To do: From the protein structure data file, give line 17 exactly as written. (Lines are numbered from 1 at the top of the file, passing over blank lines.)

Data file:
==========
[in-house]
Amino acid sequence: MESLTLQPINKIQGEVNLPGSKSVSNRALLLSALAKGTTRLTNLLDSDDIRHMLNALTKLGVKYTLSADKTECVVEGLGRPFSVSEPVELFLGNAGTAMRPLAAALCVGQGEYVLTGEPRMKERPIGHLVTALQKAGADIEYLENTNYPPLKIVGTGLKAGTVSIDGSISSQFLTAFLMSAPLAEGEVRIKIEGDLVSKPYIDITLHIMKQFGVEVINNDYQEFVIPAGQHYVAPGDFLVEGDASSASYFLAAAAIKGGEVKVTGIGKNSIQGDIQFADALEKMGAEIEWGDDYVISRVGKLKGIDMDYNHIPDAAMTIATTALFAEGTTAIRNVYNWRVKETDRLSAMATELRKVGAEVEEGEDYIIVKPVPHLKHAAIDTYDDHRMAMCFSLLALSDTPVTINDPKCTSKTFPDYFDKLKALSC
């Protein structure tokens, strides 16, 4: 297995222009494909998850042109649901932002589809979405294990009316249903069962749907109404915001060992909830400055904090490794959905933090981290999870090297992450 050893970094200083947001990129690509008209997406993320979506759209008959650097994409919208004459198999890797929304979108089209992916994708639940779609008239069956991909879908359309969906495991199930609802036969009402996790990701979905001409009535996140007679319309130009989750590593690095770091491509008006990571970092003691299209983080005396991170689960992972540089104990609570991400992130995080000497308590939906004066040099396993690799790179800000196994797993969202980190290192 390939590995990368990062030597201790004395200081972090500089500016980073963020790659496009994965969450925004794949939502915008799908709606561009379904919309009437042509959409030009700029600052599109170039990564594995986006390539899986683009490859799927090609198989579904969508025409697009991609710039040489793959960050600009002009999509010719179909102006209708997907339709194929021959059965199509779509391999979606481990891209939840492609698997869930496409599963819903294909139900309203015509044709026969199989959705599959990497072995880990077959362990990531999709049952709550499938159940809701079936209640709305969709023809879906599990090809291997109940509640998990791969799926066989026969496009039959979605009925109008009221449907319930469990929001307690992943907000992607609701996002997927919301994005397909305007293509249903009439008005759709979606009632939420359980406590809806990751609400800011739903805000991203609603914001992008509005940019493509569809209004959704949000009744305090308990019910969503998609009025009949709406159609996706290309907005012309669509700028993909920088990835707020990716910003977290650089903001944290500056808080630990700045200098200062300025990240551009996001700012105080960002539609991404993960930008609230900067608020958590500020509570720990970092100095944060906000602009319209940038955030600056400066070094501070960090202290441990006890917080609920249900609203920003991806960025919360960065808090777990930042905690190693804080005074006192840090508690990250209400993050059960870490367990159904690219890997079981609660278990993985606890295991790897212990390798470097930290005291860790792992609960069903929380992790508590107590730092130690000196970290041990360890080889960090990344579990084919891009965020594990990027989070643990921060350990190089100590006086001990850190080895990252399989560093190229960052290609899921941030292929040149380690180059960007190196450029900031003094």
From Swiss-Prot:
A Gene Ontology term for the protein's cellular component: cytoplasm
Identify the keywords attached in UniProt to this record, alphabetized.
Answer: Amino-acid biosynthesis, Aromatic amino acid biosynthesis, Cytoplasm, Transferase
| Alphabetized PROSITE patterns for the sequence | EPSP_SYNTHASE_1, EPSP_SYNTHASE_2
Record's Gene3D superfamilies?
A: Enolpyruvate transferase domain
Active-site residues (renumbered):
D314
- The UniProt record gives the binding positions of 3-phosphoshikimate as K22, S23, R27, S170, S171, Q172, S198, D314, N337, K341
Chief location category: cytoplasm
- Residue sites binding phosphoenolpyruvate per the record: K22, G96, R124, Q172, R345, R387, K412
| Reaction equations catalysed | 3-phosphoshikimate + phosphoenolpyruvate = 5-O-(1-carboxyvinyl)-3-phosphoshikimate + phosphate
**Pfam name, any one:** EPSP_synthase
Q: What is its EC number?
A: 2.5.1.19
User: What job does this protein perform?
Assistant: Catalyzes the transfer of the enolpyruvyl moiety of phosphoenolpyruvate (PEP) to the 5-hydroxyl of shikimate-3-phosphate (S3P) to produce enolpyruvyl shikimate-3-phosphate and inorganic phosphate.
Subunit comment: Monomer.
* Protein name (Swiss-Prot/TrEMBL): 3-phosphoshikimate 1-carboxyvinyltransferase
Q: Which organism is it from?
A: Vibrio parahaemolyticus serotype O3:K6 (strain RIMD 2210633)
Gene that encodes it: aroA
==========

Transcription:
**Pfam name, any one:** EPSP_synthase